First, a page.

Consider the quality of our caring, not just the quality of our care

I have kept some of my books from medical school displayed on the shelf, including suggested contemplative readings meant to tenderly inculcate students with a sense of compassion.

Like so many fledglings, we soar off into our chosen paths. Many new realities and considerations take hold. I shall refer to these as the “business, logistics and politics” of medicine. How can we ensure that we are adhering to the standards of care? How can we monitor billing, and what do we need to know about bundling? What about electronic medical records and meaningful use?

During my first year of clinical practice in neurology I met an older man who had recently experienced unexplained moments of near immobility. He usually came to his office visits with his wife. They had been together for nearly five decades. When we tried to find out what might be causing his new difficulty, brain imaging ultimately revealed recurrent, metastatic cancer. Conveying these results was like stepping over the gaping threshold of a new phase of life with them. It was a crease that marked the beginning their last chapter together.

I am not a surgeon or an oncologist. But, the patient, his wife and I continued having a number of conversations during the ensuing months, discussing human considerations about morbidity of aggressive cancer treatment versus quality of life. We reviewed data and weighed the projected quantity of remaining time, and the unquantifiable value of them spending the summer away together at their cottage by the beach. In the end, the only “medicine” I could offer was listening and considerate conversation. Months later he passed away. I received an email announcing the memorial service, which I did not make the time to attend.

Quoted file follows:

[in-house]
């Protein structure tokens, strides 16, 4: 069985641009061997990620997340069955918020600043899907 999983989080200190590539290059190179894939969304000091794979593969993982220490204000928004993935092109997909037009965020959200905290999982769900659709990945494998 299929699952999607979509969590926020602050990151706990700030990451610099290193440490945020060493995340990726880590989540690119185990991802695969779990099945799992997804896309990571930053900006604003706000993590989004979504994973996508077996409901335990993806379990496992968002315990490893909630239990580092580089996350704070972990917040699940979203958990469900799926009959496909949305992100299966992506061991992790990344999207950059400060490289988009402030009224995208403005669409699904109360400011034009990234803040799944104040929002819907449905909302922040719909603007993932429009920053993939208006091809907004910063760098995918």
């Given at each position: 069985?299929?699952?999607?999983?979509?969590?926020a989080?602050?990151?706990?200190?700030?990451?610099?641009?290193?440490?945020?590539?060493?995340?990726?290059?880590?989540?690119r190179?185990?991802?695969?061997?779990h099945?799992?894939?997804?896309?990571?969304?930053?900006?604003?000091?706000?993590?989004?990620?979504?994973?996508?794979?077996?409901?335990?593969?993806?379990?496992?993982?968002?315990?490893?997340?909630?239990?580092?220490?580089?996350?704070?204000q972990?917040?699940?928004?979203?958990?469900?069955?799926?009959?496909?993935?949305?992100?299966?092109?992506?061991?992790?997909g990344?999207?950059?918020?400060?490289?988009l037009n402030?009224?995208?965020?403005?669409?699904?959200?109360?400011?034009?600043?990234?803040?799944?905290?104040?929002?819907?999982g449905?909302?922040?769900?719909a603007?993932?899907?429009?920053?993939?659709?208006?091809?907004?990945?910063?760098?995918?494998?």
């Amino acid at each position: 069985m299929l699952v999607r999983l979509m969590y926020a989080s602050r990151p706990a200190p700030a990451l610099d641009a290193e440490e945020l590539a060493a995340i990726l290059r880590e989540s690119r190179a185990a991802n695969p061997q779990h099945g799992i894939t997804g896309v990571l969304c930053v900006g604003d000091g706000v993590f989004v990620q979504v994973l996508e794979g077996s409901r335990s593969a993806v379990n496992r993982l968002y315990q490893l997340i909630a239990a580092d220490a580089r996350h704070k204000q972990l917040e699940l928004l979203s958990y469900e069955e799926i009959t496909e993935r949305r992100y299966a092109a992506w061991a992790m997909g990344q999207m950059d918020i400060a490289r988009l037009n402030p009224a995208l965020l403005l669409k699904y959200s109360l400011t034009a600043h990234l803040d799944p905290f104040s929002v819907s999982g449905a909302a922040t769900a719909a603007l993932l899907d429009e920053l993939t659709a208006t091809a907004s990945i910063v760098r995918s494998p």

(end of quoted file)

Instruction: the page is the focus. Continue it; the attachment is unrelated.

The next year I received an email from the deceased patient’s wife with a brief friendly message and an attachment. I flagged it but attended to many other “business and logistics” matters, instead of opening the attachment. One night a couple of months later I reflected on what made my work worthwhile. And, sitting there, I knew that the possibility of delving into humanism in medicine, and genuinely connecting with my patients and their families was a fundamental part of that. At that moment I remembered the email, and then I searched for it and read the attachment.

Tears welled up as I read the bereaved wife’s tender, deeply personal story of grappling with existence and meaning, with memories of and mourning for her husband. She chose to share this with me because I played a role in this part of her life. Since then she and I have exchanged several messages. And it is, again and again, clear to me that choosing to connect, through listening and responding, or holding a hand, or holding a gaze, or attending a memorial service, is part of what makes the practice of medicine so potentially powerful and fulfilling.

We inevitably continue moving forward in the gale of steady change that is upon us and awaits us – the “business, logistics and politics” of medicine.  But, during the few quiet after-hours moments, when we break from our frustrations and open the door of our minds and hearts to what we might look back on and value and remember, let’s also consider the quality of our caring, not just the quality of our care.

*In order to protect confidentiality and comply with established privacy guidelines certain aspects of the clinical narrative have been altered. 

Shanna K. Patterson is an assistant clinical professor of neurology, Columbia University.

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